My advice is simple: self-awareness. Focus less on the external and more on the internal. Ask yourself a lot of questions. Question everything. Question your thoughts, question your desires and motivations, and I guarantee you'll discover that things are much more complex than they appear to be. You will learn so much about yourself, and so much about the workings of the mind, the ego, pain-body and all that... :) And as you observe how they function within you, you realize that your internal world, just as the external world, is governed by many laws and principles, with many forces involved, affecting the various entities that exist within you. With these realizations comes a certain degree of detachment - a growing space between you and all that's going on within you.
"Be sincere; don't ask questions out of mere interest. Ask dangerous questions—the ones whose answers could change your life."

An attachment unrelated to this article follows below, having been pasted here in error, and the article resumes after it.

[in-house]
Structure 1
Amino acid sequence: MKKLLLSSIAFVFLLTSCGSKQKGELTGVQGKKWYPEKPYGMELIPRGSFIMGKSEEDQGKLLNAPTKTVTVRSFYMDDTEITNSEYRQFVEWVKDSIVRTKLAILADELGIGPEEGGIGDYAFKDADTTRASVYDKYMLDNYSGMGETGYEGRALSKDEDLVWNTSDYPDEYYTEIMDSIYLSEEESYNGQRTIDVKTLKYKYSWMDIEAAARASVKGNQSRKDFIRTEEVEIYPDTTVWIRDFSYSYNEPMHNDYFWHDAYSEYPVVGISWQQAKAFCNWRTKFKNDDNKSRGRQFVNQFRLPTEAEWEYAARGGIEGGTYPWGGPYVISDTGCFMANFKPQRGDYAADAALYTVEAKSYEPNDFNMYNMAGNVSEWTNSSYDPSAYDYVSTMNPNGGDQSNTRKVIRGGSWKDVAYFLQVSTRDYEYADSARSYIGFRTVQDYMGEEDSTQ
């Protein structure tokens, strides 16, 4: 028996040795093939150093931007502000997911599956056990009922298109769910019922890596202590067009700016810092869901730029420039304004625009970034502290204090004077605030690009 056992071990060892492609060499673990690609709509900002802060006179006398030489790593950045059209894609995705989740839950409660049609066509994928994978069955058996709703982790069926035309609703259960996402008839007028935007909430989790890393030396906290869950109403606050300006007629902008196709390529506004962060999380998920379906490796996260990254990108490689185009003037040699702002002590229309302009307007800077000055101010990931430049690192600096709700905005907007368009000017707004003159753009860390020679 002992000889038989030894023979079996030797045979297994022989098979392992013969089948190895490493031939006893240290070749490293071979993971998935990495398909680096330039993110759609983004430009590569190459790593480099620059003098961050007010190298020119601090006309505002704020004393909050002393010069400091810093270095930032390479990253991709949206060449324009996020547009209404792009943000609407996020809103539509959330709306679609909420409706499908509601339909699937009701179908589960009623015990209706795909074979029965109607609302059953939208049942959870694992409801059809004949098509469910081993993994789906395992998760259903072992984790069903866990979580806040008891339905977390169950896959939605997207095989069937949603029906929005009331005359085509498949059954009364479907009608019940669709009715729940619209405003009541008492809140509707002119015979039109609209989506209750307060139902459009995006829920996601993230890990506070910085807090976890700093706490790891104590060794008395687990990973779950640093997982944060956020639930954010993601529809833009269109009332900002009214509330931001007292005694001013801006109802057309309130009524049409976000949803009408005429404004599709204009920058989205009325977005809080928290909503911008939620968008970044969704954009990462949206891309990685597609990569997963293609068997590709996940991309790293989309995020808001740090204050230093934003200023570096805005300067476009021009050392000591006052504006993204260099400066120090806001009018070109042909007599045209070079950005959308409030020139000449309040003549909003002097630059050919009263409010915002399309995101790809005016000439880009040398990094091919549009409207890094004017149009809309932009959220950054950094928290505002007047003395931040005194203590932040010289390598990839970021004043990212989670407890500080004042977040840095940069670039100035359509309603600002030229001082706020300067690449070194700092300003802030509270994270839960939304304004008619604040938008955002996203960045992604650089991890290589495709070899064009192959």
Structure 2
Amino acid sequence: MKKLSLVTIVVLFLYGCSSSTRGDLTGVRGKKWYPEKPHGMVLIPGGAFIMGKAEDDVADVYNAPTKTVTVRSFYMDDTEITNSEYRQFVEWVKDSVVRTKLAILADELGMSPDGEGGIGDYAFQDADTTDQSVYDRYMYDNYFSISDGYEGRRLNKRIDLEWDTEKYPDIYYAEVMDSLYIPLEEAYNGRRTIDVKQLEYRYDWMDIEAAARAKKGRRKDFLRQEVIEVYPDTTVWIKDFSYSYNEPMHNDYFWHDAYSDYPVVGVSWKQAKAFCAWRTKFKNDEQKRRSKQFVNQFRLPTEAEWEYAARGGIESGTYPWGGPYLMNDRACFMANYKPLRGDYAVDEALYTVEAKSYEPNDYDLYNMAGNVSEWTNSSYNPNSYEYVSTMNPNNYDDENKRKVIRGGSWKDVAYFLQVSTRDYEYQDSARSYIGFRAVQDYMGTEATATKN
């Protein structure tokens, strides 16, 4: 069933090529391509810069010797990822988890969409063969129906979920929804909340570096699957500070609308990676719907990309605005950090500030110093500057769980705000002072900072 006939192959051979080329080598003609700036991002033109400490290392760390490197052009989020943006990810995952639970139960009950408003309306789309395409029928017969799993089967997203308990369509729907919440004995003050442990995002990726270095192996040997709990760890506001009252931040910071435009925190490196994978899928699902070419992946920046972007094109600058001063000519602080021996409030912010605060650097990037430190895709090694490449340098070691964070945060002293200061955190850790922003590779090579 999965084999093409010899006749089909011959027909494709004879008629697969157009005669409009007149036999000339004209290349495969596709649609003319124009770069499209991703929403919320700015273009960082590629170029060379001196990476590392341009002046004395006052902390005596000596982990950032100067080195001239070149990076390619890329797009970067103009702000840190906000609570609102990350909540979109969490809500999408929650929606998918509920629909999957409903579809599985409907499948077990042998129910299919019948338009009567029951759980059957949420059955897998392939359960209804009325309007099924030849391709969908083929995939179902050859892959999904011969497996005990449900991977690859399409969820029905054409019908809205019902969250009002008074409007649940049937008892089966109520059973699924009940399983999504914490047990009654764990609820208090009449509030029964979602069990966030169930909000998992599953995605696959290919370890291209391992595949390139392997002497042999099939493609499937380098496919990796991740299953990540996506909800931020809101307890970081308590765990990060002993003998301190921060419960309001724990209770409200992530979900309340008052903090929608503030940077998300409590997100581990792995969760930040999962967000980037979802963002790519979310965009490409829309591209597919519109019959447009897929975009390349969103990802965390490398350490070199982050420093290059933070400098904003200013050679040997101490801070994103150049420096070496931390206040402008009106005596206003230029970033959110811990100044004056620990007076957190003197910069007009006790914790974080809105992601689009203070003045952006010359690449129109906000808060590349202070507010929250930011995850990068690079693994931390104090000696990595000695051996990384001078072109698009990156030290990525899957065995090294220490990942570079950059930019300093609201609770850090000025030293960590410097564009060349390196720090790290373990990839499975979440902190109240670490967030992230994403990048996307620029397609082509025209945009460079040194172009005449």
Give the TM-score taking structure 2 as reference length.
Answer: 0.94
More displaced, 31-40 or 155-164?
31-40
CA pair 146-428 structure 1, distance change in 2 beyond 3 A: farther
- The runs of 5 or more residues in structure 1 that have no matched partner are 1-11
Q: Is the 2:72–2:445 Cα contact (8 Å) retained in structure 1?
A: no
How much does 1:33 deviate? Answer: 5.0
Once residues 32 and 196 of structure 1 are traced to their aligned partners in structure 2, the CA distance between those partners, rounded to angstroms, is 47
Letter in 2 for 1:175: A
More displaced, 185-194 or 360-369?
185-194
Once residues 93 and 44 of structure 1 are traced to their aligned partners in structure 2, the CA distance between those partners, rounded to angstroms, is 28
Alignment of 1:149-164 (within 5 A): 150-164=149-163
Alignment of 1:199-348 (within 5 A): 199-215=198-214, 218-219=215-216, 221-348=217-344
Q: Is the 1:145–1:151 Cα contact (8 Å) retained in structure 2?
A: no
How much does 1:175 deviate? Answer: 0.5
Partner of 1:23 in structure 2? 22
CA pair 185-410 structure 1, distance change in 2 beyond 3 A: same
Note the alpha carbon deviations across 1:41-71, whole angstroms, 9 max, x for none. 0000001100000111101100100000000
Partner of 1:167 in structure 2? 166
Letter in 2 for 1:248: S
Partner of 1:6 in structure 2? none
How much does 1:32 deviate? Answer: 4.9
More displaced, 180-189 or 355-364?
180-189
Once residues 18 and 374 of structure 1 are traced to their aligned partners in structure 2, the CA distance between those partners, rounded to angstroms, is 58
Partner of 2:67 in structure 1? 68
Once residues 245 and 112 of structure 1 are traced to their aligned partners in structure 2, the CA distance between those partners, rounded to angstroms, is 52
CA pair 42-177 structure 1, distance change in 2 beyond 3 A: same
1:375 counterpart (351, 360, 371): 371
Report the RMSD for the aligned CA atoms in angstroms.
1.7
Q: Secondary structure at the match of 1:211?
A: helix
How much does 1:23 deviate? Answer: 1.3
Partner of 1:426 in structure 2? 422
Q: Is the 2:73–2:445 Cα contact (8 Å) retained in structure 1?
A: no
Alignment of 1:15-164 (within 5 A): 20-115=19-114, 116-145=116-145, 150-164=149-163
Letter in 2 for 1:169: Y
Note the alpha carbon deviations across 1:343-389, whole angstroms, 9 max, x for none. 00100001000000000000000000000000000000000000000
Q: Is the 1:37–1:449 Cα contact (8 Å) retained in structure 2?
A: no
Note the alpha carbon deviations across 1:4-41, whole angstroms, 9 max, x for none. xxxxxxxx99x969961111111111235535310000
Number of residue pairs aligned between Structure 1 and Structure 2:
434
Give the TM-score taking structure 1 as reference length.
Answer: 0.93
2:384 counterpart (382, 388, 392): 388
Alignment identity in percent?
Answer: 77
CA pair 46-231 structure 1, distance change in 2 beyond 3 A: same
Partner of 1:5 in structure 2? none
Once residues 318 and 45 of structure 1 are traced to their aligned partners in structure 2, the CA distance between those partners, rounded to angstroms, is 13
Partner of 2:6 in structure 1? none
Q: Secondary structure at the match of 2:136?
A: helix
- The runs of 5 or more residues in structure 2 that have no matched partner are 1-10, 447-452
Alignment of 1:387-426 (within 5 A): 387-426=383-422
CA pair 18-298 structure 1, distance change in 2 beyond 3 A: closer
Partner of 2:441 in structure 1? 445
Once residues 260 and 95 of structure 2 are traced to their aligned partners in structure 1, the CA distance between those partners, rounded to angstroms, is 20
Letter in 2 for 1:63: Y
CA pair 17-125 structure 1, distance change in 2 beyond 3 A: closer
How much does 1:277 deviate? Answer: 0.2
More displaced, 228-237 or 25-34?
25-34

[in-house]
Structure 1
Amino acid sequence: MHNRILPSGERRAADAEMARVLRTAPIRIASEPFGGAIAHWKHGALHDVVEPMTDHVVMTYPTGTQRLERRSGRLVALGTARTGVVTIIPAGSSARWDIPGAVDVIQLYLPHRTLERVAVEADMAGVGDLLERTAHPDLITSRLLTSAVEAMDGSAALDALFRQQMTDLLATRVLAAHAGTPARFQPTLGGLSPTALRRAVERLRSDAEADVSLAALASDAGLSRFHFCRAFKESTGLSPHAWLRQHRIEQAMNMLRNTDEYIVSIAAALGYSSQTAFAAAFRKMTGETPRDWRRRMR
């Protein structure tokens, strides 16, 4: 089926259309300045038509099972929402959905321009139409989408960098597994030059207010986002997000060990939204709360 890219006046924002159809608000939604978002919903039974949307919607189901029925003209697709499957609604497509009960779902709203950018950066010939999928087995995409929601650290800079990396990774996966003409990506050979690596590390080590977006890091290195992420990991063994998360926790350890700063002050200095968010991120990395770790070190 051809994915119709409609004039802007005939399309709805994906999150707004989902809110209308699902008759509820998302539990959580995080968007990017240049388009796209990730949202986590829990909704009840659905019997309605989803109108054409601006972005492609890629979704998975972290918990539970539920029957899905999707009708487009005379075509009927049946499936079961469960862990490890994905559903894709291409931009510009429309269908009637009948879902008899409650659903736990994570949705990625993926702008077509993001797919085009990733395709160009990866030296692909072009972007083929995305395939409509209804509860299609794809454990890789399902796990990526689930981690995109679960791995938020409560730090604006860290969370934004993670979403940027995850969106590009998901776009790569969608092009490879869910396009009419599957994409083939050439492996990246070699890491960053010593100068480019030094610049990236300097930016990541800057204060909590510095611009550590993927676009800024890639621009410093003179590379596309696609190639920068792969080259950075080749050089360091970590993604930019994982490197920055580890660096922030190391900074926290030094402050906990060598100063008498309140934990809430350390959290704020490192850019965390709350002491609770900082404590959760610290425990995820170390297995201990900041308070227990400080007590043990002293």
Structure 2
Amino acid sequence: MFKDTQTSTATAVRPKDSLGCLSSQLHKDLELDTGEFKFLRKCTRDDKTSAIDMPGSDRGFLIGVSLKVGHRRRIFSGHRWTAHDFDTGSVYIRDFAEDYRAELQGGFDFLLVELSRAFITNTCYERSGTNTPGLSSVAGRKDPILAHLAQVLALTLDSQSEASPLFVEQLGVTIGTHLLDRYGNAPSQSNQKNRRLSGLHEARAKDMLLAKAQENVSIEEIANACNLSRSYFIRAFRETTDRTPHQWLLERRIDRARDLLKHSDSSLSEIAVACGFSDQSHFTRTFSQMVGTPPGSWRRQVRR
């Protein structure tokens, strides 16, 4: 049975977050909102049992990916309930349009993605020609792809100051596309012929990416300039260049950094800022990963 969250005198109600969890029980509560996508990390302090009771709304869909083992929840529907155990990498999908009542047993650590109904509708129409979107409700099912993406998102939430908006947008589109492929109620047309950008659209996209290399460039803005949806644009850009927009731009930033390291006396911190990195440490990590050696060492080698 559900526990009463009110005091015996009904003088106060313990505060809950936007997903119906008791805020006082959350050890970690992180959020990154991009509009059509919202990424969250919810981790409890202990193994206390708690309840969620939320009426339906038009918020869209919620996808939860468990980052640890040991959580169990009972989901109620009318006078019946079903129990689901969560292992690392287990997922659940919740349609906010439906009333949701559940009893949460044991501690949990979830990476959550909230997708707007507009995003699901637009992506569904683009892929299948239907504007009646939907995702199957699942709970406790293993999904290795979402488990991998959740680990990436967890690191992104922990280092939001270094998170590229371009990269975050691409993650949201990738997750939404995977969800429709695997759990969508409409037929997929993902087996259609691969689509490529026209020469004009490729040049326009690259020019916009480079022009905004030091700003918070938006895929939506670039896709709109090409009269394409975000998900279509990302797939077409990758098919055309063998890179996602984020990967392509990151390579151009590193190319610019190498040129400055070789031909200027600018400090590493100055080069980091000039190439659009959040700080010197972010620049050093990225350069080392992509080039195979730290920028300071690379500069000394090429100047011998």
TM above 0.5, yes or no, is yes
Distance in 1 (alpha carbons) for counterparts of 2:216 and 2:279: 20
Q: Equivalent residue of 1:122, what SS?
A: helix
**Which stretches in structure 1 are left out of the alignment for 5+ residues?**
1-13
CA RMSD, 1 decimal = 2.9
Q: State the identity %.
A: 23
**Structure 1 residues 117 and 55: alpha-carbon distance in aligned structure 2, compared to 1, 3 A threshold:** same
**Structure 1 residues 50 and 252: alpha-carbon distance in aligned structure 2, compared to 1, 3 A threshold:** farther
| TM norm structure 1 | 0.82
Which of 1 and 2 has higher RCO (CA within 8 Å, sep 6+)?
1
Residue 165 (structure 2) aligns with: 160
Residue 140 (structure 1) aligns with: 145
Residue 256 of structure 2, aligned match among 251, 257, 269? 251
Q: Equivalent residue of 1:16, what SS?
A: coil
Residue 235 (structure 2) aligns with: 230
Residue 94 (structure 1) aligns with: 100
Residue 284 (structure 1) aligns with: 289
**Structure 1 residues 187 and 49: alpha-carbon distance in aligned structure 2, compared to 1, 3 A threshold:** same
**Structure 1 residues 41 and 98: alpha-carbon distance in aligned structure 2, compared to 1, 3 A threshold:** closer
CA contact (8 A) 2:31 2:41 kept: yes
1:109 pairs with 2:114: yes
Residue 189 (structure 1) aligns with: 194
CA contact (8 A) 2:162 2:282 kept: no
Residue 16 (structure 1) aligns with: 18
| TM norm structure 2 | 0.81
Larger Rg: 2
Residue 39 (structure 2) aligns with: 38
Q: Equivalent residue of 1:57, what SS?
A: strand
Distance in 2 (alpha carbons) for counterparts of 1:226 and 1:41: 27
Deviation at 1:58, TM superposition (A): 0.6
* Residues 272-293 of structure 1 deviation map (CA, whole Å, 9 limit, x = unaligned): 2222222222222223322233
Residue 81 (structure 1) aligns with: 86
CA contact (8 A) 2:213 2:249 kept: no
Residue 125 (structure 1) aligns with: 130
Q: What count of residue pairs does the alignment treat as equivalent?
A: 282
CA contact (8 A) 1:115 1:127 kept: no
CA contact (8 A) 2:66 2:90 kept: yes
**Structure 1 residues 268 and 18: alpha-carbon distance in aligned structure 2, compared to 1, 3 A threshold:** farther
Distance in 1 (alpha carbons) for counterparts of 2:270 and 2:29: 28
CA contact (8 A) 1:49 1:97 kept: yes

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Postby heidi » Fri Oct 14, 2005 8:38 pm

Eric - Those are very wise words for such a young guy :)

I have found sometimes that I do an act of service without realising it such as picking up litter and organizing groups to do it. The satisfaction is aesthetic, but then later on I get recognition that was unexpected and it awakens my ego that likes that kind of thing. I notice that many doers of service get caught up in it almost like polititians.
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Postby barbarasher » Sat Oct 15, 2005 8:05 am

So wonderful. Thank you all so much.

perhaps you feel that your identity (your sense of self) is not quite complete, not quite right, without resolving and finding the place for this important personality aspect of the spiritually mature/evolved human being you strive to be.


So is giving just another thing that I seek to do more and more. Another thing that I have to do to arrive to a future that will never come. Another thing that fuels an inability to relax into the now since as ET says. "I can never get there I can only be there".